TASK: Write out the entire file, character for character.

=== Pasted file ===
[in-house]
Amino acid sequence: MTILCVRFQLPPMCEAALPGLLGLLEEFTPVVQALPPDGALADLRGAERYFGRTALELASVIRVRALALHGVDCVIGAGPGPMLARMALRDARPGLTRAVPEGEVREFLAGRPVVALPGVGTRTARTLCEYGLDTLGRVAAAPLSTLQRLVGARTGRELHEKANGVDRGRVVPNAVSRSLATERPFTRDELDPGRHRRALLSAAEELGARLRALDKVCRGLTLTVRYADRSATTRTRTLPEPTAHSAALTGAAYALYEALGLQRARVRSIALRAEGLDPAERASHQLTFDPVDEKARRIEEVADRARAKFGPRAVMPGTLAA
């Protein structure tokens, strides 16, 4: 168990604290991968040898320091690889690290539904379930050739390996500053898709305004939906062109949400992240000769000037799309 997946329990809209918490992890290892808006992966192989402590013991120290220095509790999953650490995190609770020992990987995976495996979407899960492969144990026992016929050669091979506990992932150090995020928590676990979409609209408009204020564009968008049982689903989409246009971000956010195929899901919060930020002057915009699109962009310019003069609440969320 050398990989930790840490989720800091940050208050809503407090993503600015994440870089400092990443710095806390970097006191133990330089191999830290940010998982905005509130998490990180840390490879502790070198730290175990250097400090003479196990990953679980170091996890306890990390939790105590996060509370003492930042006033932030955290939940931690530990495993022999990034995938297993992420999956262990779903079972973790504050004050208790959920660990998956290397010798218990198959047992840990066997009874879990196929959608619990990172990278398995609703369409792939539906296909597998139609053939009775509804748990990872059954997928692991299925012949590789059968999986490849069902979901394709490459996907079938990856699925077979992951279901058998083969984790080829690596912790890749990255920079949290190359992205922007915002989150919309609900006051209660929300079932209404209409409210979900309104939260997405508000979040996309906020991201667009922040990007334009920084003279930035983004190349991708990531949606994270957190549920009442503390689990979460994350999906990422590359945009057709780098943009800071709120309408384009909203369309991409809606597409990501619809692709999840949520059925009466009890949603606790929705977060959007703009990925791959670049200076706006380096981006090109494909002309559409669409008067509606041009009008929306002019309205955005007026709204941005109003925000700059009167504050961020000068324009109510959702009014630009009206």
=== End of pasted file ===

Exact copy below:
[in-house]
Amino acid sequence: MTILCVRFQLPPMCEAALPGLLGLLEEFTPVVQALPPDGALADLRGAERYFGRTALELASVIRVRALALHGVDCVIGAGPGPMLARMALRDARPGLTRAVPEGEVREFLAGRPVVALPGVGTRTARTLCEYGLDTLGRVAAAPLSTLQRLVGARTGRELHEKANGVDRGRVVPNAVSRSLATERPFTRDELDPGRHRRALLSAAEELGARLRALDKVCRGLTLTVRYADRSATTRTRTLPEPTAHSAALTGAAYALYEALGLQRARVRSIALRAEGLDPAERASHQLTFDPVDEKARRIEEVADRARAKFGPRAVMPGTLAA
């Protein structure tokens, strides 16, 4: 168990604290991968040898320091690889690290539904379930050739390996500053898709305004939906062109949400992240000769000037799309 997946329990809209918490992890290892808006992966192989402590013991120290220095509790999953650490995190609770020992990987995976495996979407899960492969144990026992016929050669091979506990992932150090995020928590676990979409609209408009204020564009968008049982689903989409246009971000956010195929899901919060930020002057915009699109962009310019003069609440969320 050398990989930790840490989720800091940050208050809503407090993503600015994440870089400092990443710095806390970097006191133990330089191999830290940010998982905005509130998490990180840390490879502790070198730290175990250097400090003479196990990953679980170091996890306890990390939790105590996060509370003492930042006033932030955290939940931690530990495993022999990034995938297993992420999956262990779903079972973790504050004050208790959920660990998956290397010798218990198959047992840990066997009874879990196929959608619990990172990278398995609703369409792939539906296909597998139609053939009775509804748990990872059954997928692991299925012949590789059968999986490849069902979901394709490459996907079938990856699925077979992951279901058998083969984790080829690596912790890749990255920079949290190359992205922007915002989150919309609900006051209660929300079932209404209409409210979900309104939260997405508000979040996309906020991201667009922040990007334009920084003279930035983004190349991708990531949606994270957190549920009442503390689990979460994350999906990422590359945009057709780098943009800071709120309408384009909203369309991409809606597409990501619809692709999840949520059925009466009890949603606790929705977060959007703009990925791959670049200076706006380096981006090109494909002309559409669409008067509606041009009008929306002019309205955005007026709204941005109003925000700059009167504050961020000068324009109510959702009014630009009206």